How did you get involved in Scottish music?
There’s a strong ceilidh culture on Lismore and growing up here has meant being surrounded by that. I think my love for music started with ceilidh dancing and local dances, that’s one of the main reasons I asked my parents to take me to music lessons. We always sang at the Mod in primary school, in a choir and solo, when I did well my Granny used to give me pocket money which was very exciting. Most of the island children that go to Oban High School have to board through the week and when I was in my second year there I started accordion lessons with Sileas Sinclair. She was a brilliant teacher and very encouraging, I found being away from home quite difficult to begin with and practicing music for hours definitely helped me deal with it.
Why did you enter BBC Radio Scotland Young Traditional Musician Award?
I love playing music and I’ve seen so many people through the years go through the Young Trad and get lots of opportunities to play from it. It’s quite good for me having something to aim for too, that helps me focus and I enjoy it more. I’m really happy that I entered now as I’ve already met a lot of nice players and people and that means more music again!
What do you hope to gain from the experience?
I’ve already gained a lot I think but the exposure is one thing that will be great. It’s started to make me think of music as a viable career and I’d love that. Meeting even more people I suppose and more playing!
Do you have any particular musical highlights?
One that sticks out in my mind is playing in the Royal Albert Hall when we were at college in Benbecula on Anna-Wendy Stevenson’s course. Robbie who’s also in the final and a few of our friends and I started this band called ‘Room 5’, not a wonderfully exciting story behind the name, room five was our practice room. The band was actually formed for the purpose of playing at the ‘Music For Youth’ festival which holds a kind of school proms in London each year. We played at a few of their events in Scotland and then got asked down to London, I haven’t had such a buzz since then, the crowd were great! Another one that’s quite different for me is an annual ceilidh I’ve done in Erbil, Iraq for the last couple of years. It’s a fund raising dance for an orphanage out there, we’ve been in doing music workshops with the kids there too, hearing some of their life stories was quite difficult for me but worthwhile, if all goes to plan I’ll be heading back out shortly after the final.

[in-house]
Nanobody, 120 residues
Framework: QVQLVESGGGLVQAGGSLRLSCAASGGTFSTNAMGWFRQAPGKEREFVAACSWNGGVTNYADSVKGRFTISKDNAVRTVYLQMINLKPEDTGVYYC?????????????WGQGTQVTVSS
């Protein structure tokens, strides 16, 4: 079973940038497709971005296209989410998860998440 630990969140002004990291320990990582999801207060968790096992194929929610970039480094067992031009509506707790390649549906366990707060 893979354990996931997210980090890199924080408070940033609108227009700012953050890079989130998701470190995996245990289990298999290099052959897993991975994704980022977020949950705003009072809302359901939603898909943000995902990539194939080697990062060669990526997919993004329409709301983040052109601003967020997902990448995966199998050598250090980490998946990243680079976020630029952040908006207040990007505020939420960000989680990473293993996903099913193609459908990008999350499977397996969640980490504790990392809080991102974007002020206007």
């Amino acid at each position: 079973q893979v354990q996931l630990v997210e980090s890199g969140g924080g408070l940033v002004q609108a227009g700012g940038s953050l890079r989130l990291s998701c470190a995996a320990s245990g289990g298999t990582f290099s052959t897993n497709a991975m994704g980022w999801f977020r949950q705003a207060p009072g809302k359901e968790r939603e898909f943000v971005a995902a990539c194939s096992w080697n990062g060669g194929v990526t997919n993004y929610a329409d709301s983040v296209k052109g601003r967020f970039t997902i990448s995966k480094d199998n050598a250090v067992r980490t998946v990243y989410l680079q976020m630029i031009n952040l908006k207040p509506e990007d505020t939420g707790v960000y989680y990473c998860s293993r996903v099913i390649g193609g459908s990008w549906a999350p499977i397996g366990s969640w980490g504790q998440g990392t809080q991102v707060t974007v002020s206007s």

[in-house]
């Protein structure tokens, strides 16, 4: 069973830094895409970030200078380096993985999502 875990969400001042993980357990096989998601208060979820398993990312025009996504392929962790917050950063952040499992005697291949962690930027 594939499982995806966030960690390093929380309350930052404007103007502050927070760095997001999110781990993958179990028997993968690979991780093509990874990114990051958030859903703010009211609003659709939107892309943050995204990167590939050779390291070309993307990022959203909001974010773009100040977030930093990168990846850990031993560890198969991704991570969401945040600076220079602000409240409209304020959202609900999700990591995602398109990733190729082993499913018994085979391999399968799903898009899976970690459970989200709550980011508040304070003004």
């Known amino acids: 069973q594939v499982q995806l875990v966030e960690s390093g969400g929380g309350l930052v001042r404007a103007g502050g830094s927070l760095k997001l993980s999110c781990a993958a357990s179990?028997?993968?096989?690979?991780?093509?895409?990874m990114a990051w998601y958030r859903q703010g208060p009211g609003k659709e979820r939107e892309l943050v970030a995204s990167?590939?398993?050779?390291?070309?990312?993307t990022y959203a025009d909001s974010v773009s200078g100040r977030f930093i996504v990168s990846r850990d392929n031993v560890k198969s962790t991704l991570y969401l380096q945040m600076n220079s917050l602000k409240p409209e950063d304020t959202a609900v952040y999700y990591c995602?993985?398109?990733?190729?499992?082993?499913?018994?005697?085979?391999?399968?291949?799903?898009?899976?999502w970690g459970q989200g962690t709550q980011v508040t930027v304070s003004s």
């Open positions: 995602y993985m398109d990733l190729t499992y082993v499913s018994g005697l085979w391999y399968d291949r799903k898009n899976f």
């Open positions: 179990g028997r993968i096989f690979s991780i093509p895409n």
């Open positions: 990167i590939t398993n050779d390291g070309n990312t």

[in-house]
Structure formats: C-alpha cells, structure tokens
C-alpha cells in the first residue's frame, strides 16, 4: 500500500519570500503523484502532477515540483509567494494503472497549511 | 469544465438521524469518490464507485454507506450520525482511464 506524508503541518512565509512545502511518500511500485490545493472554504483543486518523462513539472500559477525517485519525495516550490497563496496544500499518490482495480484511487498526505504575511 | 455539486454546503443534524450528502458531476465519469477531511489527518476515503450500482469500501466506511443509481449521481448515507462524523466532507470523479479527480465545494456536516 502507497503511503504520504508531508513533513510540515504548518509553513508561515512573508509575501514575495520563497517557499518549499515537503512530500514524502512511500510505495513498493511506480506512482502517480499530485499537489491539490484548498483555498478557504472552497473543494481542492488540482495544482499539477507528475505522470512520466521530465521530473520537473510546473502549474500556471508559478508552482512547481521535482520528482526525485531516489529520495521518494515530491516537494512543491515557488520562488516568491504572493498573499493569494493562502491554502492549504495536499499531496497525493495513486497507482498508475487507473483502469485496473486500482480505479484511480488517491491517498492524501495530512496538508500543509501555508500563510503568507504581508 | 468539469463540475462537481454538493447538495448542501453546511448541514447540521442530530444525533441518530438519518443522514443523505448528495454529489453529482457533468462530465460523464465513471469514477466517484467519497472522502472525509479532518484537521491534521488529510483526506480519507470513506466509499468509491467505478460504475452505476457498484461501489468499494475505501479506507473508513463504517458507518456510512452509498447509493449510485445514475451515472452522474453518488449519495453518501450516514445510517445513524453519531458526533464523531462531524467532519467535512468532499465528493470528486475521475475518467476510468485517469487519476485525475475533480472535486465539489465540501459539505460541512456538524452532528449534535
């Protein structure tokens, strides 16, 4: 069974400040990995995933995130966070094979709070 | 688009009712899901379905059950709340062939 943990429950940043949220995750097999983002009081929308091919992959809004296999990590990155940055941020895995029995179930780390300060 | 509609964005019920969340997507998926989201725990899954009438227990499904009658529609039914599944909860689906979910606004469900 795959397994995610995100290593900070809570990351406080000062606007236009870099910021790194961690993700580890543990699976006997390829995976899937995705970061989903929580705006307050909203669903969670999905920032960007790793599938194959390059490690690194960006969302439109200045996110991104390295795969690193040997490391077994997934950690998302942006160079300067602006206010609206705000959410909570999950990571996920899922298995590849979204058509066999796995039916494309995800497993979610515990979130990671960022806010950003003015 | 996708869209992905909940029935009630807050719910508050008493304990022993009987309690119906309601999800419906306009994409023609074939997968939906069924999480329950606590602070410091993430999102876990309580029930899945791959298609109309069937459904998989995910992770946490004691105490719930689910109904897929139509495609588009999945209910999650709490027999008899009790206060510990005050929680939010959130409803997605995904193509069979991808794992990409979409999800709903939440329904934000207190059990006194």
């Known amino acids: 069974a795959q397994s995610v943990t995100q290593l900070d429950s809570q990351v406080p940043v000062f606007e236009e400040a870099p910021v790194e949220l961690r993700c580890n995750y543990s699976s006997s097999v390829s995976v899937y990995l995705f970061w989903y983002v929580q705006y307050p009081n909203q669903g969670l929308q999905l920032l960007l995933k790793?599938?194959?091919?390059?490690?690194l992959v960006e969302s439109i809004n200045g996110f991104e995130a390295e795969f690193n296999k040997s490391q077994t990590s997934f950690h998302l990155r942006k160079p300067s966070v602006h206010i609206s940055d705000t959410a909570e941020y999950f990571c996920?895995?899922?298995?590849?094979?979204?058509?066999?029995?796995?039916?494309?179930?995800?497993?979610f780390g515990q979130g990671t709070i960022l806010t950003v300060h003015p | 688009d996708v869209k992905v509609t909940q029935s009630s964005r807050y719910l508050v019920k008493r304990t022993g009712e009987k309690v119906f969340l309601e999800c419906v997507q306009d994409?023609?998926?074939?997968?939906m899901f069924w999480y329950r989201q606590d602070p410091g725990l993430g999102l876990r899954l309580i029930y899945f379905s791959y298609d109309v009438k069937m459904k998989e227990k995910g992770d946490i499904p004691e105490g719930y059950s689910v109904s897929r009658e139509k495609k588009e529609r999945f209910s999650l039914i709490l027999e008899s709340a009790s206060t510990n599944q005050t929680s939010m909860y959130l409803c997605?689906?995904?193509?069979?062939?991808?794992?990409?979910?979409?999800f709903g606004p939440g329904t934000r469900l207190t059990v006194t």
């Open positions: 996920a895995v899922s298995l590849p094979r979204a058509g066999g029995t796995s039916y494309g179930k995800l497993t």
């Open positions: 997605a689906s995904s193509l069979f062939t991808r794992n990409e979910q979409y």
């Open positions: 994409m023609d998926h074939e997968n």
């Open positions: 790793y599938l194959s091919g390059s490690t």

What are your plans for the future?
I’m not great at sticking to my plans, they change very often! I’m learning French at the moment so I plan to be fluent at that soon. Going to keep on learning languages, I’ve a big list of those. Just keep learning in general, try to enjoy myself, that’ll probably mean playing lots of music…
Why not buy a ticket to hear Murray Willis or any other of the finalists at the Grand Finals on Sunday February 1st at 5pm. The finals are part of Celtic Connections festival. If you can’t make it along the event will be broadcast on BBC Radio Scotland between 5 & 8pm and on the iPlayer afterwards.
Catch BBC Music at Celtic Connections http://www.bbc.co.uk/programmes/p039tgwn
and visit their Young Trad 2016 page